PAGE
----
Last Friday the US CPI data reached an unexpected high, and now the calls are for the Fed to react to that data point and add another 75bps to the headline rate. The CPI measures a basket of goods and the rate of change in price for each good, then puts them into the aggregate. The CPI is rising because there are still a lot of people employed in the US, earning more, with an appetite to buy things. But supply chain disruptions are still making some goods scarce. That supply disruption has been amplified by the lack of Russian goods being imported by the West. Adding 75bps to the cost of credit just makes everything more expensive. Until they have added enough additional costs to everything most people can no longer afford these things, and they are forced to stop buying. When the cost of credit gets too high, and no one can afford to pay back the loan or credit card, then we'll have an insolvency event.
Gold has nothing directly to do with any of the demand and supply of goods. If anything, it is being directly affected by the appreciation in the US dollar. The lack of US dollars flowing around the system is pushing the price of the US dollar higher, supported by the rising US yields. Gold is more affected by the move into US Treasuries with interest protection (TIPS). This security is designed to react in line with the markets as the inflation goes higher, the assets linked to inflation also appreciate. Thus, making them the safest asset in terms of store of value, to have during higher inflation.
The surprising thing to me is that gold hasn’t already collapsed under the weight of the US dollar and these rising 10-year TIPS. The chart above shows the clear inverse relationship that these two assets have.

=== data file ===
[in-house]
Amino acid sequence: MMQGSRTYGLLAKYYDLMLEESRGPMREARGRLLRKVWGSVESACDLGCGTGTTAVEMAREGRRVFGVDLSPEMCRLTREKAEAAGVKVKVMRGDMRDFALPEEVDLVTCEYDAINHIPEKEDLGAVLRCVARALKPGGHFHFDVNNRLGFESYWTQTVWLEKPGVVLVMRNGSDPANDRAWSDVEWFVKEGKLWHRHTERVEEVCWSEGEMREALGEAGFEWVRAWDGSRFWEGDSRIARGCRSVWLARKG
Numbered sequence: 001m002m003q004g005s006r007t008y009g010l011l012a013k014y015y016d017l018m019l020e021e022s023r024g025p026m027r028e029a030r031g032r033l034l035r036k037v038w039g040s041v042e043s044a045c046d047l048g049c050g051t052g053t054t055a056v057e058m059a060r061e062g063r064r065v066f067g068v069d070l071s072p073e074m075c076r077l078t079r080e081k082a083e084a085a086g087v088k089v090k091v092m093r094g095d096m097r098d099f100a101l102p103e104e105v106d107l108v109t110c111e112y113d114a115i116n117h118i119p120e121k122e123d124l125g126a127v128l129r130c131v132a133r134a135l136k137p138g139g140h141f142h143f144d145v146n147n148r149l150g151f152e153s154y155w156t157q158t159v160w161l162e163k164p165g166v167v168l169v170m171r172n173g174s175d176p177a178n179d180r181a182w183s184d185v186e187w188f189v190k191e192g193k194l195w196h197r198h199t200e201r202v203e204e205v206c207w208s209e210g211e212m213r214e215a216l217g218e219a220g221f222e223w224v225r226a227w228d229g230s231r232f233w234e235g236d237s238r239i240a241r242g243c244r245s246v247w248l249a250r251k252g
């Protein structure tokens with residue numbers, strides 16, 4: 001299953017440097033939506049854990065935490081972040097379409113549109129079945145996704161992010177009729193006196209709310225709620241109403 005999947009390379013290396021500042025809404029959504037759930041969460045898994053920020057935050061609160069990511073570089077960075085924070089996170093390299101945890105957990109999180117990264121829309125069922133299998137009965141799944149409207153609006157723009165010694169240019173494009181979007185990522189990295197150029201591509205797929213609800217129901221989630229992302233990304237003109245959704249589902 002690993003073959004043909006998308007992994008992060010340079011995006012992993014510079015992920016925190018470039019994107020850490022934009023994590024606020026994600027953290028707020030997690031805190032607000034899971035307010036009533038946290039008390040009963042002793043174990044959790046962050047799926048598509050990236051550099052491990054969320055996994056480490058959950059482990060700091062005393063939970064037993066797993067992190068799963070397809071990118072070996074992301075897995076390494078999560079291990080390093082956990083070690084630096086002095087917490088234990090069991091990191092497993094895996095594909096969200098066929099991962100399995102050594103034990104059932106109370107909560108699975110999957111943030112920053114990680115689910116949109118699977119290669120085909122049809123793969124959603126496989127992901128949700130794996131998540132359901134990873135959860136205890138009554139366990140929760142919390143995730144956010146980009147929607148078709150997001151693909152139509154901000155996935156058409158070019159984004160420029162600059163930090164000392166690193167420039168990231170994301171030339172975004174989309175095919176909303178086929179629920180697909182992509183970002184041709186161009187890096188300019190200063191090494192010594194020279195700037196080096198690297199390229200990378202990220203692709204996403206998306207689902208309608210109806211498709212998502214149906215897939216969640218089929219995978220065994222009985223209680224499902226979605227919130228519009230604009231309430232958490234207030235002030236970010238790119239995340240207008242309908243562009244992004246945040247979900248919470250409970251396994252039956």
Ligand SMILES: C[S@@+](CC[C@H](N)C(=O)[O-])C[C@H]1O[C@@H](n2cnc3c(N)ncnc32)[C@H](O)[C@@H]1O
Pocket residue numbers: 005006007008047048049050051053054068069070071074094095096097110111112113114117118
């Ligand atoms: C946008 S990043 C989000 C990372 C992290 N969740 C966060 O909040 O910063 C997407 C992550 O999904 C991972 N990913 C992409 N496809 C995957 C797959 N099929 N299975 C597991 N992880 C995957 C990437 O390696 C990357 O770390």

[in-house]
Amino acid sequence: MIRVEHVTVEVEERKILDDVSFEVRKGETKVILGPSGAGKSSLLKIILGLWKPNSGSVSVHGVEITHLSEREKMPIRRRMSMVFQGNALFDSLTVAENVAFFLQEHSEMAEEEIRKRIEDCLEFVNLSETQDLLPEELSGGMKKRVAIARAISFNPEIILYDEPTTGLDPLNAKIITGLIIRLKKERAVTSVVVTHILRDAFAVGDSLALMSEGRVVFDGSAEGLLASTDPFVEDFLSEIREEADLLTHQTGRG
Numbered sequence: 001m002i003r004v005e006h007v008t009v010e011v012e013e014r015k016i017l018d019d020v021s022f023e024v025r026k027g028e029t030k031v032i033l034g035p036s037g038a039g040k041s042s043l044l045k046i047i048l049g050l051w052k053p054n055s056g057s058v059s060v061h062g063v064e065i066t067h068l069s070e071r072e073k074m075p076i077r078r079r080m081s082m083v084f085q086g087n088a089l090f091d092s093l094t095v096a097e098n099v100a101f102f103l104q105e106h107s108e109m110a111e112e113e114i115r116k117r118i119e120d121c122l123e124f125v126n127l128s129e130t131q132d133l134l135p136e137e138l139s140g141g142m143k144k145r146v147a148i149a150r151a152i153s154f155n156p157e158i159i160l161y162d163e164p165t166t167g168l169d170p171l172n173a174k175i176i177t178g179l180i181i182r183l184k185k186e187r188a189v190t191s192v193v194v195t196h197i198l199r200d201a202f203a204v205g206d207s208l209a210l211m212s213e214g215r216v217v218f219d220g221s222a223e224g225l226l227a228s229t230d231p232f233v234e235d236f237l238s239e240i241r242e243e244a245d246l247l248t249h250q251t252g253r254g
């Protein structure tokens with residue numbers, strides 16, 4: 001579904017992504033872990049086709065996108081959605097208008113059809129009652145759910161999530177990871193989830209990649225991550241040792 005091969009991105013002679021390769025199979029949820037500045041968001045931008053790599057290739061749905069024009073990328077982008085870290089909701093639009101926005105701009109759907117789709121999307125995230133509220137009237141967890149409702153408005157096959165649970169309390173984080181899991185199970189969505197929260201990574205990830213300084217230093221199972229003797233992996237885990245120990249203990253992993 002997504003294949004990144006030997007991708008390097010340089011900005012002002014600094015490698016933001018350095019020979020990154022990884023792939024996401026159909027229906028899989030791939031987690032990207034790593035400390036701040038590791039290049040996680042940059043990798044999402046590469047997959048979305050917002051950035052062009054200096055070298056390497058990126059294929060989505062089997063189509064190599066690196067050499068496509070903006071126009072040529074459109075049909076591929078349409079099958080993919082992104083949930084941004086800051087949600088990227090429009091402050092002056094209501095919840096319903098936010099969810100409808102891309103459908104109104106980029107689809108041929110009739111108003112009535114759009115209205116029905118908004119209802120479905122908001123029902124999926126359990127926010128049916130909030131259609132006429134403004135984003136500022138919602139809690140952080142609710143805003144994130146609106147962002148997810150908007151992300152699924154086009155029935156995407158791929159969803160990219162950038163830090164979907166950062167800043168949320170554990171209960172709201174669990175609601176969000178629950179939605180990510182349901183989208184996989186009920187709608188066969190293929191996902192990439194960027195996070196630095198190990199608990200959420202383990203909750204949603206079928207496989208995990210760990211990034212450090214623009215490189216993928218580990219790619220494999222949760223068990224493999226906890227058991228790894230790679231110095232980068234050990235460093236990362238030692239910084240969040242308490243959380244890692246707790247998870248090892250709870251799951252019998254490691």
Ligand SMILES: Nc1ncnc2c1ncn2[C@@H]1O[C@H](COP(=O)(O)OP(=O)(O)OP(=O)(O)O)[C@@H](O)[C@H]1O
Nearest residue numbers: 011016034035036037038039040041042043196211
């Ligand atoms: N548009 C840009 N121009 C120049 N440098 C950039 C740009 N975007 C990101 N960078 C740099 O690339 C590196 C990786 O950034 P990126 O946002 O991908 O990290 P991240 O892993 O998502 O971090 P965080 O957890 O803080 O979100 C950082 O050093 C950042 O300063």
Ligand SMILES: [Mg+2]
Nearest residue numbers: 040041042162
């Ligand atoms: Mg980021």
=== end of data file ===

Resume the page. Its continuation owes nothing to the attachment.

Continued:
Retail sentiment as seen by the ActivTrader sentiment indicator shows that most traders on the platform buy into the notion that gold is a good inflation hedge. What they may fail to realise is that this CPI print is being caused by supply chain disruptions, the energy sanctions, and relatively less money in the system.
On the monthly chart the price of gold has done its best to counter the additional money that was directly pumped into the system. But now that has been taxed away and people’s savings have been raided, the managed money is going into TIPS etc. Just below $1400 looks like a good breakout level to test for support, along with the monthly 200-period EMA. Other analysts are looking at the above chart and seeing a possible bull flag or cup and handle chart pattern. Both of which are bullish continuation patterns.
On the daily chart the MACD has flipped to being bearish because of yesterday’s massive selloff and bearish close. $1800 has been a magnet for gold and a lot of buying and selling has occurred there over the past 18 months. Having seen gold test the $2000 level, I am now always on the lookout for reasons to sell rallies as I believe the price of gold is going to test the other side of the range which would be between the $1700 and $1650 zone. A test of Fridays low which has acted as resistance is a good indication that others are also looking to sell the rallies. A close above the $1872 level and any bearish scenario would have to be reconsidered as we could be on for higher highs and higher lows.